PEAKS ISLAND — The island advisory council created by the city two years ago in response to a secession bid is having trouble attracting candidates for the November elections.
The terms of two members of the seven-member council, Betsy Stout and Tom Bohan, conclude in November. Additionally, members Bob Hurley and Mike Langella have announced they will resign from the council this year, one year early.
With an Aug. 24 deadline for turning in nomination papers looming, as of Tuesday morning no one had requested the papers from the City Clerk’s Office.
Peaks Island Council Chairman Michael Richards said Monday he expected some people would take out papers this week and turn in the 75 signatures needed to run before the Monday deadline.
“I think we will have some candidates,” he said.
Richards said the council is encouraging islanders to run and is considering reducing the number of meetings it holds each month as a way to make the position more attractive.
He said he does not think the lack of candidates reflects apathy among islanders, but rather frustration that the island council is often reduced to “beggars.”
“We have great needs on Peaks Island that are not met by the city,” he said. The island council has no power to make rules or regulations for the island, but instead acts in an advisory capacity to the City Council concerning the island.
He said the island would benefit if the city allowed the island council a larger budget than the $5,000 annual operating money and $30,000 it shares with other Portland islands to subsidize transportation costs.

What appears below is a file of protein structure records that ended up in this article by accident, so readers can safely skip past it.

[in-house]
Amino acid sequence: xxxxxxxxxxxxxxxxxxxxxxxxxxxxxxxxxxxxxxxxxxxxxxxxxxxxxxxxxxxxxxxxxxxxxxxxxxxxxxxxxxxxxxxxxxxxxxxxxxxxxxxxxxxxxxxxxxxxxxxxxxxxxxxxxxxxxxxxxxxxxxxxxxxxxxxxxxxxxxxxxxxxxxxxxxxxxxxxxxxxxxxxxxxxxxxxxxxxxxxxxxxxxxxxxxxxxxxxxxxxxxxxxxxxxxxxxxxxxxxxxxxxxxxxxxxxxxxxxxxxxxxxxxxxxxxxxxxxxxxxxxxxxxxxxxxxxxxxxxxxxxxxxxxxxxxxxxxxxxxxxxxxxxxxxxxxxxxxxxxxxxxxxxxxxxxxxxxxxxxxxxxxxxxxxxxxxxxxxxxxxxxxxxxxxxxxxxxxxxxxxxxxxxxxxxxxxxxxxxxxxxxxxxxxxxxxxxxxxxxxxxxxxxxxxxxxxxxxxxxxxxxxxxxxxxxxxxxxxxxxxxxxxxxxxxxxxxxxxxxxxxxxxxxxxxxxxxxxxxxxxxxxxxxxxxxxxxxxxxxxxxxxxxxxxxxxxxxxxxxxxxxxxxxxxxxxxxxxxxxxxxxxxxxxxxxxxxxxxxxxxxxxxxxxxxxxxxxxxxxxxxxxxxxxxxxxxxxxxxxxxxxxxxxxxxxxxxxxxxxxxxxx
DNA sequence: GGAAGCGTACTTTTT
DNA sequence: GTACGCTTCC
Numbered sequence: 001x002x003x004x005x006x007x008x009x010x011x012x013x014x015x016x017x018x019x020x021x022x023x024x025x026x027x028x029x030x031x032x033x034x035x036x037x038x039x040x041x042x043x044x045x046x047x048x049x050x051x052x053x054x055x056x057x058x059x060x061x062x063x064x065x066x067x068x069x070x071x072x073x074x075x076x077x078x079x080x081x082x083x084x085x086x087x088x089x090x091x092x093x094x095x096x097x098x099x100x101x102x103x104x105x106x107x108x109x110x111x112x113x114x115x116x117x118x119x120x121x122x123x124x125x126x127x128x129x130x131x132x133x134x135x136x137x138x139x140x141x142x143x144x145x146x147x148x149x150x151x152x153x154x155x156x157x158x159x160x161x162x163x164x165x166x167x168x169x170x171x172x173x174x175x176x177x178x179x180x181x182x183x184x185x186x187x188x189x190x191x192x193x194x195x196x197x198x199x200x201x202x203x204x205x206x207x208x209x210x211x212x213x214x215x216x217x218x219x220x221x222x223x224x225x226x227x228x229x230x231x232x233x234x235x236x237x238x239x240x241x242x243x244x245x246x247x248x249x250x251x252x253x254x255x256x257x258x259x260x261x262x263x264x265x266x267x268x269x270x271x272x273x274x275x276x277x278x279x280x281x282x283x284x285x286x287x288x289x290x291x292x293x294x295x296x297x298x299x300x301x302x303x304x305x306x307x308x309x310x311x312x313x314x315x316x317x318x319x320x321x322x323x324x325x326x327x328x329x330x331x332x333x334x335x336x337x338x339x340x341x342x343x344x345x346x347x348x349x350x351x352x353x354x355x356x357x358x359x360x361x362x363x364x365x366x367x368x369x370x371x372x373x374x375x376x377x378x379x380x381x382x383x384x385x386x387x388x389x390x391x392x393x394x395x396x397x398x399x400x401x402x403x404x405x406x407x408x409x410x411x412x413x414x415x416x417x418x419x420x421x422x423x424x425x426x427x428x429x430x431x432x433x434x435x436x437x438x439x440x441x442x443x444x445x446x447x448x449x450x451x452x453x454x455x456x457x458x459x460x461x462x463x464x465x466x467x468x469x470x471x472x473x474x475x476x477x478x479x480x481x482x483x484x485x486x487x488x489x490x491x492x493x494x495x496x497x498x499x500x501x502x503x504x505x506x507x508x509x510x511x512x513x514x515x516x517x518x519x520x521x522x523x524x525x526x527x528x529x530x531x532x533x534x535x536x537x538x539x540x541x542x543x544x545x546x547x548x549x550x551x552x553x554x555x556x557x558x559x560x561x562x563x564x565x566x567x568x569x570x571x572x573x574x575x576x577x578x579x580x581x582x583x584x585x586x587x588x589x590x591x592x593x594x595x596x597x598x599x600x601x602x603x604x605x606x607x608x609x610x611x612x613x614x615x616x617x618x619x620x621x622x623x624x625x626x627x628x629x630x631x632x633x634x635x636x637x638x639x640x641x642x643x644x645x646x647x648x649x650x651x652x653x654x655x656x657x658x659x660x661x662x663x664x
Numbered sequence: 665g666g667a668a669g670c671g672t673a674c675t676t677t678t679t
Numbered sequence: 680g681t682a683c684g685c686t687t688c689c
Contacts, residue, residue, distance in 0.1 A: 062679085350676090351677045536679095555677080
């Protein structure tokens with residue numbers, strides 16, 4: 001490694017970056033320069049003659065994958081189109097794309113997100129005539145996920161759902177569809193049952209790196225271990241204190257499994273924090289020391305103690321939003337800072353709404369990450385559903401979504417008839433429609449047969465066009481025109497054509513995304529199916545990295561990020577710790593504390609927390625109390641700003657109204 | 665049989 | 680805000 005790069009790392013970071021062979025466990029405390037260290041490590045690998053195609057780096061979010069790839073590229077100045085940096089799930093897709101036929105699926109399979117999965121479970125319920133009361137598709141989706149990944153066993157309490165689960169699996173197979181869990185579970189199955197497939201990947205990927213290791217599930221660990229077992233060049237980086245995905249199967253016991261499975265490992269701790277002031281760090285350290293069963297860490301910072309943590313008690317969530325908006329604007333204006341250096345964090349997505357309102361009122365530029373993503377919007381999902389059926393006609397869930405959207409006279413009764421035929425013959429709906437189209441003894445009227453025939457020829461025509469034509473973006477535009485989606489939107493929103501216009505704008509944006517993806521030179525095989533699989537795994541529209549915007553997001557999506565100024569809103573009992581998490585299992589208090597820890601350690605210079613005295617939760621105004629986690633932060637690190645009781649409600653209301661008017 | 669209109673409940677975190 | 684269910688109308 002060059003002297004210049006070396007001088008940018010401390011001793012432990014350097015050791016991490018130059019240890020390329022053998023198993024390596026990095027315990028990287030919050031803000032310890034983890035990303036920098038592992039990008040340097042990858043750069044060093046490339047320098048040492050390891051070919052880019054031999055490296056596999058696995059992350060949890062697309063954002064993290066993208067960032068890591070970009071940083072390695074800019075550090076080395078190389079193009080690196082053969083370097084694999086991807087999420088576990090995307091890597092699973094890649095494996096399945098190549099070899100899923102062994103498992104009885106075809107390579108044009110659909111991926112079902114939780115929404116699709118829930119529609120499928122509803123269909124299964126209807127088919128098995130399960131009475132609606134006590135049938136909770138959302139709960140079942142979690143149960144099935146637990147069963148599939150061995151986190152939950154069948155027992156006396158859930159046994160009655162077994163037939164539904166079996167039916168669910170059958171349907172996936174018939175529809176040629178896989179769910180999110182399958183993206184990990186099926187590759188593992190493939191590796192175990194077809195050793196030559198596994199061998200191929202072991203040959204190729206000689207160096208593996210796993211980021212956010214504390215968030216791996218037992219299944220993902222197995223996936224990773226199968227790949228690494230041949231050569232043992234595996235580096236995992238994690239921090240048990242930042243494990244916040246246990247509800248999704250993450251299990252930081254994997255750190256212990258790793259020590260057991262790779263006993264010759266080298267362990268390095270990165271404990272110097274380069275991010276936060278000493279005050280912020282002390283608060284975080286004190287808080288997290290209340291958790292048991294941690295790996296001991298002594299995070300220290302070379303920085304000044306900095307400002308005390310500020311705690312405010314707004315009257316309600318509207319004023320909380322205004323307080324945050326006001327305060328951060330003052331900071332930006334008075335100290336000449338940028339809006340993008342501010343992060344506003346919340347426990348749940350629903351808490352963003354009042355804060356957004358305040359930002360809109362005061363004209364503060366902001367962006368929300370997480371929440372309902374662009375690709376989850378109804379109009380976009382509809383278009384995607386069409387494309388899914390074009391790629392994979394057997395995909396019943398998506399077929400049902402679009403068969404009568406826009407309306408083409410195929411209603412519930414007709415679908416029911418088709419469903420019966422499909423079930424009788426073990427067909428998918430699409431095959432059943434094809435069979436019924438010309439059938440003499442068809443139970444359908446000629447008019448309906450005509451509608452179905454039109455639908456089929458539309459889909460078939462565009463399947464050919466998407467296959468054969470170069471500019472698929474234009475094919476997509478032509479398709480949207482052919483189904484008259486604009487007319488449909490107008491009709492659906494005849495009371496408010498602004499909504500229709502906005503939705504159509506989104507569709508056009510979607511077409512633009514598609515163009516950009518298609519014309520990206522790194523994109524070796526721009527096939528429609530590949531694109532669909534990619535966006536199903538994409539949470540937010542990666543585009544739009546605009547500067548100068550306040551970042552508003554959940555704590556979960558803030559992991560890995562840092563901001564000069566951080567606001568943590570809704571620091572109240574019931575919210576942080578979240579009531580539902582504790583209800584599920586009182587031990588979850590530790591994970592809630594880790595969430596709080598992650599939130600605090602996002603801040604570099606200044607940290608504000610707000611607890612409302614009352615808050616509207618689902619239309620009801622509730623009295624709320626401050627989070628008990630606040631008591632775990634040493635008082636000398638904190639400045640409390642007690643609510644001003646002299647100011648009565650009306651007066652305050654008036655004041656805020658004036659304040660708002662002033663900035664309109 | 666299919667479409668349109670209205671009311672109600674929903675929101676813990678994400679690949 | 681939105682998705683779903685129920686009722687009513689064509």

“I think people may see that this experiment is not working,” said Richards. “Why spend time going to meetings when all you can do is ask the city for things?”
Despite the frustration, Richards said the council is considering restructuring the way it functions, and has also spoken with City Councilor Kevin Donoghue, who represents the island, about shrinking the council from seven members to five.
“We haven’t made a decision on any of that,” he said. “We’re waiting to see what happens.”
City Spokeswoman Nicole Clegg said the Peaks Island Council would need to go before the City Council and request the membership reduction.
In 2006, 58 percent of Peaks Island voters approved exploring secession. The City Council unanimously voted against the measure. Following six months of negotations between the city and secession leaders and with a state-appointed mediator, no resolution was reached. The Peaks Island group filed a bill to secede with the state legislature, but it failed.
Kate Bucklin can be reached at 781-3661 ext. 106 or email@example.com